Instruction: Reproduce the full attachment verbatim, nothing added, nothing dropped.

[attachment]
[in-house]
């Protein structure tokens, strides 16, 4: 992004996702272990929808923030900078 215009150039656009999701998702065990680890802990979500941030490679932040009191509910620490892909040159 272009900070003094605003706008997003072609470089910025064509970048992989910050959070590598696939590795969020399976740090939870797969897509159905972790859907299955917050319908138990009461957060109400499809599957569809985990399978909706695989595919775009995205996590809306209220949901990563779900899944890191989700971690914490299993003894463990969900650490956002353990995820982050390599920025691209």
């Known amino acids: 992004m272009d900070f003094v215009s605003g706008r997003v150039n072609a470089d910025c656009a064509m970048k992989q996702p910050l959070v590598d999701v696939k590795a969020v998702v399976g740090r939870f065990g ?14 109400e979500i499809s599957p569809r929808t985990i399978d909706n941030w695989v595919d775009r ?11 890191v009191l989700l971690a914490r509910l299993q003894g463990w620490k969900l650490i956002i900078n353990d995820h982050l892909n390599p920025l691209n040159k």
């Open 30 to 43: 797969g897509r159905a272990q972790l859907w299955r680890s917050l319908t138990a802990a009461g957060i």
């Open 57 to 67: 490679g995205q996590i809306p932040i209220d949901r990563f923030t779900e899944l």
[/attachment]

[in-house]
């Protein structure tokens, strides 16, 4: 992004996702272990929808923030900078 215009150039656009999701998702065990680890802990979500941030490679932040009191509910620490892909040159 272009900070003094605003706008997003072609470089910025064509970048992989910050959070590598696939590795969020399976740090939870797969897509159905972790859907299955917050319908138990009461957060109400499809599957569809985990399978909706695989595919775009995205996590809306209220949901990563779900899944890191989700971690914490299993003894463990969900650490956002353990995820982050390599920025691209």
């Known amino acids: 992004m272009d900070f003094v215009s605003g706008r997003v150039n072609a470089d910025c656009a064509m970048k992989q996702p910050l959070v590598d999701v696939k590795a969020v998702v399976g740090r939870f065990g ?14 109400e979500i499809s599957p569809r929808t985990i399978d909706n941030w695989v595919d775009r ?11 890191v009191l989700l971690a914490r509910l299993q003894g463990w620490k969900l650490i956002i900078n353990d995820h982050l892909n390599p920025l691209n040159k």
């Open 30 to 43: 797969g897509r159905a272990q972790l859907w299955r680890s917050l319908t138990a802990a009461g957060i």
């Open 57 to 67: 490679g995205q996590i809306p932040i209220d949901r990563f923030t779900e899944l």